There's an excellent story that The Grand's historian, Bob Tagatz, tells. Hearing him deliver it is, naturally, leaps and bounds better than reading it here from us, but we're going to share it anyway.

The Grand Hotel has always been known for offering activities to fill those summer days spent lounging on the 600-foot-long porch (largest porch in the world, they claim). Today, those activities include croquet and bocce on the lawn, vintage baseball games, weekends dedicated to jazz or ballroom dancing and, always, live music. Rewind to 100 years ago—or 125. Seasonal resorts competed to draw the summer crowds by varying their entertainment, and The Grand had to keep up.

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Up at Mackinac Island's Grand Hotel: Dining and Drinking

July 18, 2012 at 4:43 PM | by | Comments (0)

How many US hotels do you know that've reached 125 years of business? Well, The Grand Hotel of Michigan's Mackinac Island is one of 'em, as well as being one of the last surviving wooden construction hotels. Its history is long and tumultuous, but its summers are sunny. This week, we'll take a look around the Victorian property and the features and amenities that have made it a top seasonal destination for the last century-and-a-quarter.

Today: The restaurants, bars and food at The Grand Hotel

There are signs next to the elevators, notes in the daily schedule and reminders on the lobby's bulletin board. "Seven ways to lunch," they say. "Cocktail of the day." It quickly becomes apparent that dining at The Grand Hotel—whether it's petit fours with afternoon tea or the 5-course formal dinner—is an integral part of The Grand experience.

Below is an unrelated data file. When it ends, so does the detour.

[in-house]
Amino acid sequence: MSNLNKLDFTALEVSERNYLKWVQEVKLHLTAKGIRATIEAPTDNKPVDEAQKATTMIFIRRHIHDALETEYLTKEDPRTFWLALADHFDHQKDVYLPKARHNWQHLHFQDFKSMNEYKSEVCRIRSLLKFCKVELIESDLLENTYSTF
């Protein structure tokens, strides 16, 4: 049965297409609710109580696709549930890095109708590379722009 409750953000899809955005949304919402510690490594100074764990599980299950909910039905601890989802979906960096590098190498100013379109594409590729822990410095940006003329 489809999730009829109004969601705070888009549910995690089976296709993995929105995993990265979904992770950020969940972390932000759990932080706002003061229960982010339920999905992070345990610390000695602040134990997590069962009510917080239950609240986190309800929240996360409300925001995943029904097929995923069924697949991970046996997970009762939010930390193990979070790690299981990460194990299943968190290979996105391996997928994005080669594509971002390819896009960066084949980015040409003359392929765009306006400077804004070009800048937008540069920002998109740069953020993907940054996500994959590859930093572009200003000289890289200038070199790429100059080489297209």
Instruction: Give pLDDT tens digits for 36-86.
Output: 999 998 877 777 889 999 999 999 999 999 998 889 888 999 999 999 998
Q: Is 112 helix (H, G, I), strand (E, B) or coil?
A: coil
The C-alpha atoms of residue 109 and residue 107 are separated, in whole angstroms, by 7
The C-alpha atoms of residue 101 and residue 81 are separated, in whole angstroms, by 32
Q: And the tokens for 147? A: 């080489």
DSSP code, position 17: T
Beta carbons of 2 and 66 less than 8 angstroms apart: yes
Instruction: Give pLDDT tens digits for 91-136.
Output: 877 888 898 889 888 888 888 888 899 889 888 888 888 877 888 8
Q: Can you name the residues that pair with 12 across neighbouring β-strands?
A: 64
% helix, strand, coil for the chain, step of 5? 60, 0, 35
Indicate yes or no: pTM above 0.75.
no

Despite the variety of dining and drinking venues (more than you could experience with just a 2-night stay), it's actually not that difficult to enjoy several, since the majority of the room packages at The Grand are Full American Plan, meaning your breakfast, lunch and dinner and some gratuities are included.

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Up at Mackinac Island's Grand Hotel: Inside a Room

July 17, 2012 at 5:54 PM | by | Comments (0)

How many US hotels do you know that've reached 125 years of business? Well, The Grand Hotel of Michigan's Mackinac Island is one of 'em, as well as being one of the last surviving wooden construction hotels. Its history is long and tumultuous, but its summers are sunny. This week, we'll take a look around the Victorian property and the features and amenities that have made it a top seasonal destination for the last century-and-a-quarter.

Today: Inside a regular room at The Grand

No two rooms of the 385 are alike at The Grand Hotel. Many hotels make this claim by changing the artwork or bedding but, at The Grand, the differences are substantial and noteworthy: custom wallpapers (264 specially designed for The Grand), custom colors (22 specially mixed colors), custom furniture (some taken from estates owned by the likes of Joan Crawford) and the banning of the color beige across the board. These are the opposite of the cookie-cutter, corporate hotel room; they are the vision of interior designer Carlton Varney, protégé of Dorothy Draper and infamous fiend for color and prints.

We checked into Room 484 on the top floor of the building, with a view down the main street connecting the hotel to town and the harbor. This being our first visit to the hotel, our initial room reaction was one of "hmm, okay this is interesting. We shall see." It was very feminine, very pretty and very...grand.

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Up at Mackinac Island's Grand Hotel: Getting There